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miércoles, 27 de octubre de 2010

Mercedes Dreams of Rickshaws and Cars Knit by Robots

This year’s Los Angeles Auto Show Design Challenge tackles a heavy question: How do you build a lightweight car that doesn’t compromise safety, styling or performance?

Mercedes-Benz’s answer to that question involves a high-end rickshaw, a Smart knit by lovable robot grandmothers and a sedan grown from seeds. We swear these are concepts from Mercedes, not Citroën.

For the first time in its 7-year history, the Design Challenge expanded its reach beyond Southern California and invited Mercedes-Benz design studios from Japan and Germany to participate in the annual competition. As thanks for the invite, Mercedes brought concepts that stick out amidst relatively staid designs from General Motors, Honda and Nissan like Hammer Pants at the Highland Games.

This year’s rules stipulate that entries must weigh less than 1,000 pounds (1,500 with passengers). They’ll be judged by “artistic beauty, comfort, uniqueness of design, roadworthiness, sustainability, performance and user-friendliness of the vehicle.” We’re sure our commenters will weigh in on whether some of these avant-garde designs meet these criteria.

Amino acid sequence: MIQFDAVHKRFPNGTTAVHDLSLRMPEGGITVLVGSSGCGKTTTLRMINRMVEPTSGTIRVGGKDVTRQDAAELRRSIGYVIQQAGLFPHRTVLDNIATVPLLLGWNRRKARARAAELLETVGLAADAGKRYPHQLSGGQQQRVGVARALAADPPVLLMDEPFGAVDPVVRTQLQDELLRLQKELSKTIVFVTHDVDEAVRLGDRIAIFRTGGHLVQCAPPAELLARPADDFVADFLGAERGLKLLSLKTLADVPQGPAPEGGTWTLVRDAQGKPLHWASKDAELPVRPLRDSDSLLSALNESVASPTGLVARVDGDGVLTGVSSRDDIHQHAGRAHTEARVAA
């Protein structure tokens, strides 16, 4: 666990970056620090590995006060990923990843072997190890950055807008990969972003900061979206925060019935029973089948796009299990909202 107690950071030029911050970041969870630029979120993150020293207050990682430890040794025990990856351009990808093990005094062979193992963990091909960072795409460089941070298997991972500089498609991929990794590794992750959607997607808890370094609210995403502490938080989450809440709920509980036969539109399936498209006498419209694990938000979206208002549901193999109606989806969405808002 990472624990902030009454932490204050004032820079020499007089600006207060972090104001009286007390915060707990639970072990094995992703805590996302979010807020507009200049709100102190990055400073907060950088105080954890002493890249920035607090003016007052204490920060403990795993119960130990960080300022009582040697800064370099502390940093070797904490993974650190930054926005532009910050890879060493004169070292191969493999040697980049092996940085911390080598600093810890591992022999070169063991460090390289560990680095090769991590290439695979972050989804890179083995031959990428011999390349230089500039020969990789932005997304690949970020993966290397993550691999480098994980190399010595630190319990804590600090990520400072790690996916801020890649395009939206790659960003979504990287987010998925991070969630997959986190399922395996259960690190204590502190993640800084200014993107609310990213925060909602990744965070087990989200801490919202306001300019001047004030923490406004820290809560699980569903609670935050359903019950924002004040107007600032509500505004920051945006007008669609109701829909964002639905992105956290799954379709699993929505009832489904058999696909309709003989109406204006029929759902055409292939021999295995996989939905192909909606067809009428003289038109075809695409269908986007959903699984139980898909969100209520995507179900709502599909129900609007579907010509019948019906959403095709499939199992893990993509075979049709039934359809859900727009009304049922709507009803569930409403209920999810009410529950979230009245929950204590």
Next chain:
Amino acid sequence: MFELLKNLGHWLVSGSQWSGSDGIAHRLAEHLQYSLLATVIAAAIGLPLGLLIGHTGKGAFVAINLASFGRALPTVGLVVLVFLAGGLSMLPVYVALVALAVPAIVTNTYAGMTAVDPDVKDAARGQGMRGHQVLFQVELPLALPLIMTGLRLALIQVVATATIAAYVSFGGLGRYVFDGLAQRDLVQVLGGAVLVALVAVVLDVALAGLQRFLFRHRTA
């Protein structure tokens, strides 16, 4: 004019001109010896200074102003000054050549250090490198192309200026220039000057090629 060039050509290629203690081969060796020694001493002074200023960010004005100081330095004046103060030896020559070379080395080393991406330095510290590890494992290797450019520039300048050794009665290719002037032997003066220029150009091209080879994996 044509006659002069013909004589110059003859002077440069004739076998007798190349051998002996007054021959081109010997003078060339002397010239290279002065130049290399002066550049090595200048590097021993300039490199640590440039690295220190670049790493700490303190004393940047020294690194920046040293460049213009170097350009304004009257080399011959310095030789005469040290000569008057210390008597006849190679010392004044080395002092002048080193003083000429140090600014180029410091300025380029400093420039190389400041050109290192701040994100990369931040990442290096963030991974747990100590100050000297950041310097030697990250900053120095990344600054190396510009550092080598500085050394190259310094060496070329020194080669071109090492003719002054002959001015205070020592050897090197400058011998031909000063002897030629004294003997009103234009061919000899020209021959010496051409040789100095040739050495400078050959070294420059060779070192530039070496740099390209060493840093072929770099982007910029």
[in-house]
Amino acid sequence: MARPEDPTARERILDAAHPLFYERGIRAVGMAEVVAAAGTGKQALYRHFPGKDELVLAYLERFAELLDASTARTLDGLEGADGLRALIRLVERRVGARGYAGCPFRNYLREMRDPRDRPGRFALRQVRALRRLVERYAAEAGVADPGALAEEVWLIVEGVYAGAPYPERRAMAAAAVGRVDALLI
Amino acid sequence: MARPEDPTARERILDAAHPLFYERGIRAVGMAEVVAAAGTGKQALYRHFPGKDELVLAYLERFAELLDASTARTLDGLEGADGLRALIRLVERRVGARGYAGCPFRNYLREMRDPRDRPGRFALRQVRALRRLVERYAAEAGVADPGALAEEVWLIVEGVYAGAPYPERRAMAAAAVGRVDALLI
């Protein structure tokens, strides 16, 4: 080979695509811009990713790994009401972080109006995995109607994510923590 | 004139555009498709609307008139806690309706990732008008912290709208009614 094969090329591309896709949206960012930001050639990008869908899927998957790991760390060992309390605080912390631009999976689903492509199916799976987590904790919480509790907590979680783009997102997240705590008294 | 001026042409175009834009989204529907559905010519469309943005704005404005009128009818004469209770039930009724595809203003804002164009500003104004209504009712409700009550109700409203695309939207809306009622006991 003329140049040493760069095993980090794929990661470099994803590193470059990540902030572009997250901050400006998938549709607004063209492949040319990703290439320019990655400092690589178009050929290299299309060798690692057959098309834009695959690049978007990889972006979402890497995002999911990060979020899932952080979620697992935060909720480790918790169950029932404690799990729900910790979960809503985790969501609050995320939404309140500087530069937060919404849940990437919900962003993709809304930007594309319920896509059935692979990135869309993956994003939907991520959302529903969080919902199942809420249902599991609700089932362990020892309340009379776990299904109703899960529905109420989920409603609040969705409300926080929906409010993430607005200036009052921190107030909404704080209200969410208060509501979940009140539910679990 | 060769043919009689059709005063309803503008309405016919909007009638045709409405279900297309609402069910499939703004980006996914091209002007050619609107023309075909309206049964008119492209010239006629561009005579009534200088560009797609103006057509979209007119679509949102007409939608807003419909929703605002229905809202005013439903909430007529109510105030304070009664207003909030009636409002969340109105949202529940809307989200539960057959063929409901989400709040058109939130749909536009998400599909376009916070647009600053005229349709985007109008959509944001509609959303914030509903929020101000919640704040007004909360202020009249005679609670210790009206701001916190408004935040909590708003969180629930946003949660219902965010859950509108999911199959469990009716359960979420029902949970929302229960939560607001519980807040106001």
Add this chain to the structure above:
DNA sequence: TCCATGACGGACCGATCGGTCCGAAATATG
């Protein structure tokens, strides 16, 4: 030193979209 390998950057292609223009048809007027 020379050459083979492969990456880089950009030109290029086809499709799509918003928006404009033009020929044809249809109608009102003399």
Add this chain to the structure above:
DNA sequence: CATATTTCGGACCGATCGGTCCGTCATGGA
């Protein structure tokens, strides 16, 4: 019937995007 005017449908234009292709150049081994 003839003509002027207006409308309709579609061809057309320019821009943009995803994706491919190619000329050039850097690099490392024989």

From Mercedes-Benz Research and Development Japan’s Advanced Design Center comes the Maybach DRS “Den-Riki-Sha” electric rickshaw. It’s more like a Rick-Segway, however, with a self-balancing electric drivetrain, albeit one that’s connected to a yet-to-be-developed intelligent transit infrastructure.

The Volk at Mercedes-Benz Advanced Advanced Design Germany might have been inspired by the theme of some trendy Berlin club for their Smart 454 design. The car is made of carbon fiber literally knit by “incredibly high-tech robots that look as friendly and cuddly as our grandmothers.” We imagine that cold, industrial robots only seem lifelike if your grandmother is Lucille Bluth.

Even Mercedes’ American designers offered a bizarre creation. The Biome concept is grown from two seeds that are genetically engineered to customer specifications. Cars are nurtured at Mercedes-Benz Nurseries until the two seeds grow into a seamlessly integrated interior and exterior. Even among the far-out ideas from Mercedes, this one is especially fanciful.

Though they’re highly advanced designs, the compressed-air cars from Honda and Volvo, the polyhedral 3-D lattice mono-formed frame of the Cadillac Aera, the ultralight Mazda MX-0 or the combination organic-synthetic exteriors that encapsulate concepts from Nissan and Calty Design Research seem tame compared with the oddball lightweights from Mercedes.

Judging ends Nov. 18. We’ll keep you posted.

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